In the Resource Explorer console, I choose Enable Resource Explorer. Then, I select the Quick setup option to have visibility for all supported resources within my account. This option creates local indexes in all Regions and an aggregator index in the selected Region. A default view with a filter that includes all supported resources in the account is also created in the same Region as the aggregator index.

Console screenshot.

With the Advanced setup option, I have access to more granular controls that are useful when there are specific governance requirements. For example, I can select in which Regions to create indexes. I can choose not to replicate resource information to any other Region so that resources from each AWS Region are searchable only from within the same Region. I can also control what information is available in the default view or avoid the creation of the default view.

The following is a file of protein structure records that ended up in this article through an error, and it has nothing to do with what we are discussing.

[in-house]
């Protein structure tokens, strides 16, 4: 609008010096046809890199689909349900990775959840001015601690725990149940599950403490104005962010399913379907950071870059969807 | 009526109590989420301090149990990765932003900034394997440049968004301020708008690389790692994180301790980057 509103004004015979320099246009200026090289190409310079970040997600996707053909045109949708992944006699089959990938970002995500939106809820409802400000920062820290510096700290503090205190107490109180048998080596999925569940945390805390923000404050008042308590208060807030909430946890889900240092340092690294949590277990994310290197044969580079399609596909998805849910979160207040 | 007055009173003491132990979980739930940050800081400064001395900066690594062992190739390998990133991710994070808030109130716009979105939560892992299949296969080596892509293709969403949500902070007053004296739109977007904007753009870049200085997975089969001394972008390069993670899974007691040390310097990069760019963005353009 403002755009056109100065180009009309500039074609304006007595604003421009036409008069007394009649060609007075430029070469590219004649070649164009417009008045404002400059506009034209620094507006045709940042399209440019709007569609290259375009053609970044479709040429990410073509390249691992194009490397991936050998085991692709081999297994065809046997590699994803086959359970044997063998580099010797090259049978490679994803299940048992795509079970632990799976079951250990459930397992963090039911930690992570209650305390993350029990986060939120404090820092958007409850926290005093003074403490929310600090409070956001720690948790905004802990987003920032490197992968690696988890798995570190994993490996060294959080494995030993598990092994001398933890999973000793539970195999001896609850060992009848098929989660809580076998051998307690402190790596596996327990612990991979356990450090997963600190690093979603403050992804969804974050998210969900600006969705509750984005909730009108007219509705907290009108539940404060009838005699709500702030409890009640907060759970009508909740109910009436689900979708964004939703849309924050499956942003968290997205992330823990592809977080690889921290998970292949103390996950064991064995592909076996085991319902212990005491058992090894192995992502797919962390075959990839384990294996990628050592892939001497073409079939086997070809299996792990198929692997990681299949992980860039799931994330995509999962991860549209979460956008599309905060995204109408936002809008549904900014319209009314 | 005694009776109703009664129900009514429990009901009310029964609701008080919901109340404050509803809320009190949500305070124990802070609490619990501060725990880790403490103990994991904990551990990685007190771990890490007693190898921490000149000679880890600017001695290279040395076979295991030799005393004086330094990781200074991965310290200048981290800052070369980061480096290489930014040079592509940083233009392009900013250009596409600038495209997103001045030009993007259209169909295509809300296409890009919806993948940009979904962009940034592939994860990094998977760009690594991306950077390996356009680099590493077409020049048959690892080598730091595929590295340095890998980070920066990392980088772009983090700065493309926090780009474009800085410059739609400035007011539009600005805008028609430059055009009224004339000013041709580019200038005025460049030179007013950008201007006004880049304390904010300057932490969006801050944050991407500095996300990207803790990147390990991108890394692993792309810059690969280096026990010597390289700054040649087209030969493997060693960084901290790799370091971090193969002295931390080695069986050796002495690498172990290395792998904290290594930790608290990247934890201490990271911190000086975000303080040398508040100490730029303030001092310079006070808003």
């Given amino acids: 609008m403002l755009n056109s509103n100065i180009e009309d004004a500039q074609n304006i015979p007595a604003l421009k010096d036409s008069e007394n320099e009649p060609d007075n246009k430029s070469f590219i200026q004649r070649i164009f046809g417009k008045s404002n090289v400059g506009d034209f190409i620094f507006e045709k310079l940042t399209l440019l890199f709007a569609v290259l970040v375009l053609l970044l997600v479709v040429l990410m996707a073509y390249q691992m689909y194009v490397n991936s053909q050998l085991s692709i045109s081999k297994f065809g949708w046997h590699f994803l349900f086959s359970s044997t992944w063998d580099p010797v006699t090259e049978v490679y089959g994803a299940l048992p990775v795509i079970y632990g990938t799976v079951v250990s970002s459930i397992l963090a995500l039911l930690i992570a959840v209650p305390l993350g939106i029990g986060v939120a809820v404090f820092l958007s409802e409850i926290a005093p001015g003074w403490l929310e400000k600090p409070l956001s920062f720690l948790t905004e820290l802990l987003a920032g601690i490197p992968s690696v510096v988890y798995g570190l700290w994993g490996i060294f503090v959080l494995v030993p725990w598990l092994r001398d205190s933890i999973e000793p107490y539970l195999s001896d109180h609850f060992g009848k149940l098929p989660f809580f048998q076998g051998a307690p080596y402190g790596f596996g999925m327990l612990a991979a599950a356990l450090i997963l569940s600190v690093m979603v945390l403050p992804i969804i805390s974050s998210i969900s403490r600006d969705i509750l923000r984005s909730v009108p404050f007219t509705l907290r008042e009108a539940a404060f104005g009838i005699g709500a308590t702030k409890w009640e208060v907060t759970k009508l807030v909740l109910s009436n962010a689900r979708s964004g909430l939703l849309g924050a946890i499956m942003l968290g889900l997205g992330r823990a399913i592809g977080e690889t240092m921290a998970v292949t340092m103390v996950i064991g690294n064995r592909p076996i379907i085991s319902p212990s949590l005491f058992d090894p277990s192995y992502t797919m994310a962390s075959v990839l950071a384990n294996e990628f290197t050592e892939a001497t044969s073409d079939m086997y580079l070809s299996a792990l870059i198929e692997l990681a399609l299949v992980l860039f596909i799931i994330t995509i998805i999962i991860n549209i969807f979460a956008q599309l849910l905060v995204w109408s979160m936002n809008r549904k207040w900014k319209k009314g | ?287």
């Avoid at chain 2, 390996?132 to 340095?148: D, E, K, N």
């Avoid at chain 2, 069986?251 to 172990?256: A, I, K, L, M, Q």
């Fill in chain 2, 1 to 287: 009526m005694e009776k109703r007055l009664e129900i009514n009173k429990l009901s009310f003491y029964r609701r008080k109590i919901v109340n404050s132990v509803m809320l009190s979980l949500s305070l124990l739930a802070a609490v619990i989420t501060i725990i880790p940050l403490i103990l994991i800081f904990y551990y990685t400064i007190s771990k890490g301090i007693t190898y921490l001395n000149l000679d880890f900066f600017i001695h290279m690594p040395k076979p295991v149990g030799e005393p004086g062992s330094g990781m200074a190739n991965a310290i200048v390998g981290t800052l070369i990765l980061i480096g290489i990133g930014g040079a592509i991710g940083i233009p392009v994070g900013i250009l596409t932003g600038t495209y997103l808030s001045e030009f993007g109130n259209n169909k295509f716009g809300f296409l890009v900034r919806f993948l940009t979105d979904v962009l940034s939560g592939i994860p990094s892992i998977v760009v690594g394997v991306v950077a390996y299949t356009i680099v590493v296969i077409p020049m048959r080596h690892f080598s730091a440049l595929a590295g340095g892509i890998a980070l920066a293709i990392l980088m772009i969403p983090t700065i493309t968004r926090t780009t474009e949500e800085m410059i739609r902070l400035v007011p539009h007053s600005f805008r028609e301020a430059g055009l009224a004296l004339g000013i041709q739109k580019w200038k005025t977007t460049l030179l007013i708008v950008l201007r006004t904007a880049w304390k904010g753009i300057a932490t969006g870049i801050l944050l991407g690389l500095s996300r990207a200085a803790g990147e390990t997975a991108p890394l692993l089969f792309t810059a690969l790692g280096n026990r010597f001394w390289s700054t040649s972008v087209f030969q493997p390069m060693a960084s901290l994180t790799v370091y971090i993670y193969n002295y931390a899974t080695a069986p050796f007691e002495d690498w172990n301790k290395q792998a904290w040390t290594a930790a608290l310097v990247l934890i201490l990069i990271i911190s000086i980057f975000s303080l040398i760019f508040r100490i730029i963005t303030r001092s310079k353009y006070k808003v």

With the Quick setup option selected, I choose Go to Resource Explorer. A quick overview shows the progress of enabling Resource Explorer across Regions. After the indexes have been created, it can take up to 36 hours to index all supported resources, and search results might be incomplete until then. When resources are created or deleted, your indexes are automatically updated. These updates are asynchronous, so it can take some time (usually a few minutes) to see the changes.

Searching With AWS Resource Explorer
After resources have been indexed, I choose Proceed to resource search. In the Search criteria, I choose which View to use. Currently, I have the default view selected. Then, I start typing in the Query field to search through the resources in my AWS account across all Regions. For example, I have an application where I used the convention to start resource names with my-app. For the resources I created manually, I also added the Project tag with value MyApp.